Looking beyond the macaron: sweet treats in Paris

Debauve et Gallais Paris

Ah Paris. City of Light.  Also, a city of amazing sweets.  But to really experience the sweet side Paris, get off the beaten path and seek out some of the more unusual “sweet things” she has to offer.  From pink pralines to exquisite marshmallows, you’ll be surprised at the range of tasty sweets that expends far beyond macarons! And hey, we all know how much I love to eat macarons in Paris

When you’re tired of the run of the mill viennoiserie (croissants, pains au chocolat, pains au raisins) for breakfast, head to Lisbon. Well, not the one in Portugal but the next best thing – Comme à Lisbonne.  Specialising in “Pasteis de Nata” (custard tarts) this tiny storefront in the Marais offers the authentic taste of Portugal right in the heart of Paris.


Just around the corner, head to Pain de Sucre for a taste of what seems to be an emerging trend in Paris – guimauve (marshmallows). Not your Jet-Puff variety these puffs of perfection are delicately flavoured and coloured and will chance your mind about marshmallows forever.

And since you’re closeby, get your fix of “praslines/ pralines” (roasted then caramelized almonds in various flavours) at Mazet.   Founded in 1913 by Léon Mazet, the Maison recently opened their gorgeous Marais boutique in the rue des Archives.  With exquisite décor and sublime packaging, these make lovely gifts.


If it’s “pralines” you are interested in, you can’t visit the Marais without stopping in at Maison Pralus, the home of the praluline – a brioche studded with gorgeous pink pralines.  Unusual, unexpected, unmissable!

To satisfy serious chocolate cravings, head to the Left Bank to Pierre Marcolini’s store on the rue de Seine. Marcolini opened his first store in 1995 in Brussels after winning the Coupe du Monde de la Pâtisserie in Lyon and now has stores all over the world. The store carries an impressive range of single-origin chocolates.


For a lesson in history with your chocolate fix, head to Debauve & Gallais, founded by Sulpice Debauve (a former chemist to French king Louis XVI who provided chocolates to Marie Antoinette prior to opening the boutique) in 1800.  As purveyors to the French Court, the company received the royal warrant in 1819 and supplied Kings Louis XVIII, Charles X and Louis Philippe.  Stepping back in the store is like stepping back in time.

Not far away, Patrick Roger offers a jaw-dropping experience – from giant 80kg chocolate sculptures to tiny elegant boxes of chocolates resembling jewels, Roger’s stores must be seen to be believed!

If you simply can’t resist Pierre Hermé, look beyond the macarons.  I can’t tell you what to choose from his amazing selection of cakes, but I might suggest the Infiniment Vanille if it’s there. Sublime. If it’s something more classic you are after, look no further than Gérard Mulot’s Opéra cake.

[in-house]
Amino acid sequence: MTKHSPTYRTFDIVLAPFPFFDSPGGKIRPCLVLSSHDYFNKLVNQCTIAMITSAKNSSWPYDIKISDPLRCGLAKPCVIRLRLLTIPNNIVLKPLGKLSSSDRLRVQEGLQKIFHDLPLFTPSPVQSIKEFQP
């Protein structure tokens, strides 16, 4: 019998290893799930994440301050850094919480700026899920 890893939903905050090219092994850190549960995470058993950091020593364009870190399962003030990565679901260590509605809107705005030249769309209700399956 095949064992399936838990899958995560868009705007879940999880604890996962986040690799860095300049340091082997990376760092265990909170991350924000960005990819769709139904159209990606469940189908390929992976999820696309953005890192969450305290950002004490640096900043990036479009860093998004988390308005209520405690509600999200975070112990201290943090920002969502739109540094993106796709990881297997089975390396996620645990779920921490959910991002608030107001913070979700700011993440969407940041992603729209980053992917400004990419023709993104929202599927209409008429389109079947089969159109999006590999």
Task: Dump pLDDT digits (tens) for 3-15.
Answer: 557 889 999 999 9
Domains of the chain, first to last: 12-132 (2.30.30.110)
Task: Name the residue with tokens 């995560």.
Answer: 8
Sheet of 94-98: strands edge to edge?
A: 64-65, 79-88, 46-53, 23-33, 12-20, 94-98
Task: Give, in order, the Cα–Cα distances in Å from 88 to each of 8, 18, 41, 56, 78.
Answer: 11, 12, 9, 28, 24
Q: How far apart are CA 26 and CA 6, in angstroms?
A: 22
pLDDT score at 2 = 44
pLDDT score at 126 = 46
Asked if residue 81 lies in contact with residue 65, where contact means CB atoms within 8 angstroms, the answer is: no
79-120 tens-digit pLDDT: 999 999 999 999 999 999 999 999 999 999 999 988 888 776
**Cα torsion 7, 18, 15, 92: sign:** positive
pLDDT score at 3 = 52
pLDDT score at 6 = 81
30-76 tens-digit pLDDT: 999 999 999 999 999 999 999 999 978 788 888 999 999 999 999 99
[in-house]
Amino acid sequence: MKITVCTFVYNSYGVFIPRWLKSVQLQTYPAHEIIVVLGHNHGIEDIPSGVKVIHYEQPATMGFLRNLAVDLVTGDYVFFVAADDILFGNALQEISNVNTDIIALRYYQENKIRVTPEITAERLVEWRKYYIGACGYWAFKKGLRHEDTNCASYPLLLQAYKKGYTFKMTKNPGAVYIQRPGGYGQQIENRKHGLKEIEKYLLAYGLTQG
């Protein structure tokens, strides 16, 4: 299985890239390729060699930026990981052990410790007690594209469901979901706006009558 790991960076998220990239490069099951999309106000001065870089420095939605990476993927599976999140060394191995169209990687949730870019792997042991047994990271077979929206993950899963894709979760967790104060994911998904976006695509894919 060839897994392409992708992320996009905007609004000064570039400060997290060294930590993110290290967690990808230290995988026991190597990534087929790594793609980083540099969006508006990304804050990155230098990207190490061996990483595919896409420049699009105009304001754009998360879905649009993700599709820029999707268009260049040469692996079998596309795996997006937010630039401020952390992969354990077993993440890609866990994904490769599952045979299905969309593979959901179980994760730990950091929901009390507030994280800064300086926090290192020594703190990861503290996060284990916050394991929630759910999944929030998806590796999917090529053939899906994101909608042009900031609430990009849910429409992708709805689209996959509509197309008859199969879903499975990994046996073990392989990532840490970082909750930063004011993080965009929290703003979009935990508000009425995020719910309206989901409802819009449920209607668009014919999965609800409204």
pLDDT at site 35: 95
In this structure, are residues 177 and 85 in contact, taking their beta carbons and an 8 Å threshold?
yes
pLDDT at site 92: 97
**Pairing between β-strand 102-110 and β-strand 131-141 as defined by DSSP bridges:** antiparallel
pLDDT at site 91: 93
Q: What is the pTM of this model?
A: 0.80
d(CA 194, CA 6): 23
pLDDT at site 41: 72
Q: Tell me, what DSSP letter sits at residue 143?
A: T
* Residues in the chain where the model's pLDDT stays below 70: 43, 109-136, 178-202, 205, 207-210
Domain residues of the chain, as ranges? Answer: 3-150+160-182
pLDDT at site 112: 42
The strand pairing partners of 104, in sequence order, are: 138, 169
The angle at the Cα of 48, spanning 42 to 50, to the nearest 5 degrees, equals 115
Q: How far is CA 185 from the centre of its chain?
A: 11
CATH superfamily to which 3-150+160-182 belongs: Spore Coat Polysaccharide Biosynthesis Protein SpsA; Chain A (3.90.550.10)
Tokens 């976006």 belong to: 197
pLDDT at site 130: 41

Right Bank addresses

Comme à Lisbonne
37 Rue du Roi de Sicile
75004 Paris,
Tel: + 33 7 61 23 42 30
Open: Tuesday – Sunday 11am – 7pm

Pain de Sucre
14 Rue Rambuteau,
75003 Paris
Tel: + 33 1 45 74 68 92
Open: Sunday – Monday and Thursday – Saturday 10am – 8pm
Closed Tuesday and Wednesday

Les Confiseries Praslines Mazet
37 Rue des Archives
75004 Paris
Tel: +33 1 44 05 18 08

35 rue Rambuteau
75004 Paris
Tel.: +33 1 57 40 84 55

Left Bank addresses

Pierre Marcolini
89 Rue de Seine,
75006 Paris
Tel: + 33 1 44 07 39 07

Various locations

Debauve & Gallais
Various locations: http://debauve-et-gallais.fr/content/26-les-boutiques

Gérard Mulot
Various locations: http://www.gerard-mulot.com/paris/evenement-gerard-mulot.php

Patrick Roger
Various locations: http://www.patrickroger.com/fr/boutiques.php

Pierre Hermé
Various locations: http://www.pierreherme.com/storelocations

If you’re into Paris and sweet things, you might also like:

Context Paris: The Chocolate Walk
A Sugar Walk of the Marais with La Cuisine Paris

** A version of this post originally appeared on the Bon Vivant travel blog.

14 thoughts on “Looking beyond the macaron: sweet treats in Paris”

  1. Hi Mardi…thanks for this round-up of some of the lesser-known treats in Paris! My Portuguese hubby would definitely want to check out the pasteis de nata at this Comme a Lisbonne place to see if they compare to the real deal!

  2. Of course, this post is unfair on all of us who are at the bottom end of the southern hemisphere… but, great summation and lovely pics.


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